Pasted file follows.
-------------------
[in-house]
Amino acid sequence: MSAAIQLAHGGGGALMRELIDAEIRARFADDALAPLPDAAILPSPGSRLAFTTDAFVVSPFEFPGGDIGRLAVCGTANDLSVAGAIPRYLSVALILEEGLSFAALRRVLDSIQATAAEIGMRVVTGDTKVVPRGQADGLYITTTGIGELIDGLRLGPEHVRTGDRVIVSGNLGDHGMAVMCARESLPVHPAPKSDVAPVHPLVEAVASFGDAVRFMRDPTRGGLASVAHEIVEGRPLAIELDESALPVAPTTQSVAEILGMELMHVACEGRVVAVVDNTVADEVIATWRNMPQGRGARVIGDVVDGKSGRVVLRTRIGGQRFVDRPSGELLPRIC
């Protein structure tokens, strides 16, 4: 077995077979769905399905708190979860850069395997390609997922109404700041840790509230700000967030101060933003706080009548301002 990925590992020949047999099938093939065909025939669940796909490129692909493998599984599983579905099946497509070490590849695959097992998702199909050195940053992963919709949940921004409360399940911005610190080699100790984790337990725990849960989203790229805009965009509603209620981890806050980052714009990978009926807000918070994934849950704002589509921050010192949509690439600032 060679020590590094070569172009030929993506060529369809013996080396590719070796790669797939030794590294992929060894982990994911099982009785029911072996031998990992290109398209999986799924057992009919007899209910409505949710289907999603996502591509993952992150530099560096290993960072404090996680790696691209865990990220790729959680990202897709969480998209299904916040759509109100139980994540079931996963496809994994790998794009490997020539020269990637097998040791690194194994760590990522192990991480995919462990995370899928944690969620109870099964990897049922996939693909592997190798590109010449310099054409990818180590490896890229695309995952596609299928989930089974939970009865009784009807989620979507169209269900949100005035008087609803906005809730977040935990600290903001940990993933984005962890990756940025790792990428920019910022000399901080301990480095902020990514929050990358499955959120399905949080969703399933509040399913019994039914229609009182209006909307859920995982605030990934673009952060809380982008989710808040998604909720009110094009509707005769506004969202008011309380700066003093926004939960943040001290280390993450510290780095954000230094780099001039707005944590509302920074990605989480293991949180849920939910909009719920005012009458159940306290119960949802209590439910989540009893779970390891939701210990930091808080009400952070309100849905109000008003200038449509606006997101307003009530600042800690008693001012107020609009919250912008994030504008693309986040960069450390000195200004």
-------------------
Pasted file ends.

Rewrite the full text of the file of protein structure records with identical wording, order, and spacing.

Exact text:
[in-house]
Amino acid sequence: MSAAIQLAHGGGGALMRELIDAEIRARFADDALAPLPDAAILPSPGSRLAFTTDAFVVSPFEFPGGDIGRLAVCGTANDLSVAGAIPRYLSVALILEEGLSFAALRRVLDSIQATAAEIGMRVVTGDTKVVPRGQADGLYITTTGIGELIDGLRLGPEHVRTGDRVIVSGNLGDHGMAVMCARESLPVHPAPKSDVAPVHPLVEAVASFGDAVRFMRDPTRGGLASVAHEIVEGRPLAIELDESALPVAPTTQSVAEILGMELMHVACEGRVVAVVDNTVADEVIATWRNMPQGRGARVIGDVVDGKSGRVVLRTRIGGQRFVDRPSGELLPRIC
């Protein structure tokens, strides 16, 4: 077995077979769905399905708190979860850069395997390609997922109404700041840790509230700000967030101060933003706080009548301002 990925590992020949047999099938093939065909025939669940796909490129692909493998599984599983579905099946497509070490590849695959097992998702199909050195940053992963919709949940921004409360399940911005610190080699100790984790337990725990849960989203790229805009965009509603209620981890806050980052714009990978009926807000918070994934849950704002589509921050010192949509690439600032 060679020590590094070569172009030929993506060529369809013996080396590719070796790669797939030794590294992929060894982990994911099982009785029911072996031998990992290109398209999986799924057992009919007899209910409505949710289907999603996502591509993952992150530099560096290993960072404090996680790696691209865990990220790729959680990202897709969480998209299904916040759509109100139980994540079931996963496809994994790998794009490997020539020269990637097998040791690194194994760590990522192990991480995919462990995370899928944690969620109870099964990897049922996939693909592997190798590109010449310099054409990818180590490896890229695309995952596609299928989930089974939970009865009784009807989620979507169209269900949100005035008087609803906005809730977040935990600290903001940990993933984005962890990756940025790792990428920019910022000399901080301990480095902020990514929050990358499955959120399905949080969703399933509040399913019994039914229609009182209006909307859920995982605030990934673009952060809380982008989710808040998604909720009110094009509707005769506004969202008011309380700066003093926004939960943040001290280390993450510290780095954000230094780099001039707005944590509302920074990605989480293991949180849920939910909009719920005012009458159940306290119960949802209590439910989540009893779970390891939701210990930091808080009400952070309100849905109000008003200038449509606006997101307003009530600042800690008693001012107020609009919250912008994030504008693309986040960069450390000195200004």